The application of centralized state control during the Russian civil war, in which the Bolsheviks seized grain from peasants, introduced rationing, nationalized all banks and industry, and required everyone to work.
Treaty of Brest-Litovsk (1918)
1. Ended Bolshevik Russia's participation in World War I
2. Negotiated by Vladimir Lenin because he was unwilling to risk Bolshevik gains by continuing a war that could no longer be won
3. Nullified following Germany's defeat by the Allies
Casualties of World War I
The casualties on all sides came to about 10 million dead and twice as many wounded, and the financial resources of the European states were badly strained.
Treaty of Versailles (1919)
Treaty that ended World War I; it was much harder on Germany than Wilson wanted but not as punitive as France and England desired. It was harsh enough, however, to set stage for Hitler's rise of power in Germany in 1930s.
Georges Clemenceau (1841-1929) - France
A French statesman who led the nation to victory in the First World War. A leader of the Radical Party, he played a central role in politics after 1870. Clemenceau served as the Prime Minister of France from 1906 to 1909, and again from 1917 to 1920. He was one of the principal architects of the Treaty of Versailles at the Paris Peace Conference of 1919. Nicknamed "Le Tigre" (The Tiger), he took a very harsh position against defeated Germany and won agreement on Germany's payment of large sums for reparations.
David Lloyd George (1863-1945) - Great Britain
Lloyd George was a key figure in the introduction of many reforms which laid the foundations of the modern welfare state. His most important role came as the highly energetic Prime Minister of the Wartime Coalition Government (1916-22), during and immediately after the First World War. He was a major player at the Paris Peace Conference of 1919 that reordered Europe after the defeat of the Central Powers.
Vittorio Orlando (1860-1952) - Italy
He was the Italian representative at the Paris Peace Conference in 1919. He pushed for a revenge-based treaty at Versailles, hampering the 14 points. Orlando dramatically left the conference early in April 1919.[13] He returned briefly the following month, but was forced to resign just days before the signing of the resultant Treaty of Versailles.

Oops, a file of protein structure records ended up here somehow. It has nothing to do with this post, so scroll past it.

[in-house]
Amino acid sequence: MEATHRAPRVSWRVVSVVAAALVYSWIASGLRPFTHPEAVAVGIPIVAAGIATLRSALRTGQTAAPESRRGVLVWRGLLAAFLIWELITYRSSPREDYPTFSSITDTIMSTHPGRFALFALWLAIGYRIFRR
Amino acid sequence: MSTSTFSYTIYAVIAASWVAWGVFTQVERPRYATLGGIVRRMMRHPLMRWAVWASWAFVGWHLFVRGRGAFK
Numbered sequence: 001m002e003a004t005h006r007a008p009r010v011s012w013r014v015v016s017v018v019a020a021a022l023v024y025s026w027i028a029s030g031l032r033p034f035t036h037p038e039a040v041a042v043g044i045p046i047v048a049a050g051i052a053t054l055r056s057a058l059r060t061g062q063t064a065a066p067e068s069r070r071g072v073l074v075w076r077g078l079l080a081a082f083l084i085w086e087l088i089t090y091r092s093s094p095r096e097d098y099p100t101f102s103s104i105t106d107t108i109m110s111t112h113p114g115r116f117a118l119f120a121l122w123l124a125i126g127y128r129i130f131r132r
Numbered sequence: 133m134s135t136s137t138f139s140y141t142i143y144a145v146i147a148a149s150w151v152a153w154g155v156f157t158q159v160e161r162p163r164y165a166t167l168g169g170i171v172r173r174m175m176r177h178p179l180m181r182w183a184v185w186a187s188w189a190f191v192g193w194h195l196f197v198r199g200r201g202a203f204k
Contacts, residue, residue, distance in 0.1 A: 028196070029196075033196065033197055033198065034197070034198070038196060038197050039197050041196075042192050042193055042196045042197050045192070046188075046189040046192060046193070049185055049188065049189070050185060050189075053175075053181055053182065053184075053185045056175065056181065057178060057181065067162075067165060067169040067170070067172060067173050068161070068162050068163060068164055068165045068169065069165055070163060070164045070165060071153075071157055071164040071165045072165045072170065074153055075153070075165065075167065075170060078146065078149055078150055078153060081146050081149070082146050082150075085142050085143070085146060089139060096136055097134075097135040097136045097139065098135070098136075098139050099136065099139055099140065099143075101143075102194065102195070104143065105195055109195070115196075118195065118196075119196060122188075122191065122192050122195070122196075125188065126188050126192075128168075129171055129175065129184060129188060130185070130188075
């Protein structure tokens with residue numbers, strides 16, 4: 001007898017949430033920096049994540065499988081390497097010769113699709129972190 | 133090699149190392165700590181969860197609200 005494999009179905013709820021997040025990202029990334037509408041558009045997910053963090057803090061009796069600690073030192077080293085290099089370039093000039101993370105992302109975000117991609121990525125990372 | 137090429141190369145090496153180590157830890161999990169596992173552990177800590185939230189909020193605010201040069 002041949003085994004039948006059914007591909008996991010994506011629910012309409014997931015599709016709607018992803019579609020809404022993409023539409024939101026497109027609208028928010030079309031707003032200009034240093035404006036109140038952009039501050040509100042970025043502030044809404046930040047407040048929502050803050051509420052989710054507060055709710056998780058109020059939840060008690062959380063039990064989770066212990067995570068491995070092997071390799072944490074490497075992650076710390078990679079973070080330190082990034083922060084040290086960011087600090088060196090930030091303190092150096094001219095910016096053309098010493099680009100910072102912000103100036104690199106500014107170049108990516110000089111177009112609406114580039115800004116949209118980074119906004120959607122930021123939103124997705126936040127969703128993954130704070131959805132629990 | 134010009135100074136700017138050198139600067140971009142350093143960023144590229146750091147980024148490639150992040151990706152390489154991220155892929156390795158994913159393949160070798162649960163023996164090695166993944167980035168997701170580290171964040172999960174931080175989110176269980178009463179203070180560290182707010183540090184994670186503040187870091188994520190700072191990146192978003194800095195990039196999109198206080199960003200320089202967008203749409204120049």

War Guilt Clause
An article in the Treaty of Versailles that declared that Germany (with Austria) was solely responsible for the war and had to pay reparations equal to all civilian damages caused by the fighting.
Fourteen Points
President Woodrow Wilson's 1918 peace proposal calling for open diplomacy, a reduction in armaments, freedom of commerce and trade, the establishment of the League of Nations, and national self-determination
League of Nations
A permanent international organization, established during the 1919 Paris Peace Conference, designed to protect member states from aggression and avert future wars. It was not so effective in achieving its goals.
national self-determination
The notion that peoples should be able to choose their own national governments through democratic majority-rule elections and live free from outside interference in nation-states with clearly defined borders.
Mandate System
The plan to allow Britain and France to administer former Ottoman territories, put into place after the end of the First World War.
Balfour Declaration (1917)
A 1917 British statement that declared British support of a National Home for the Jewish People in Palestine.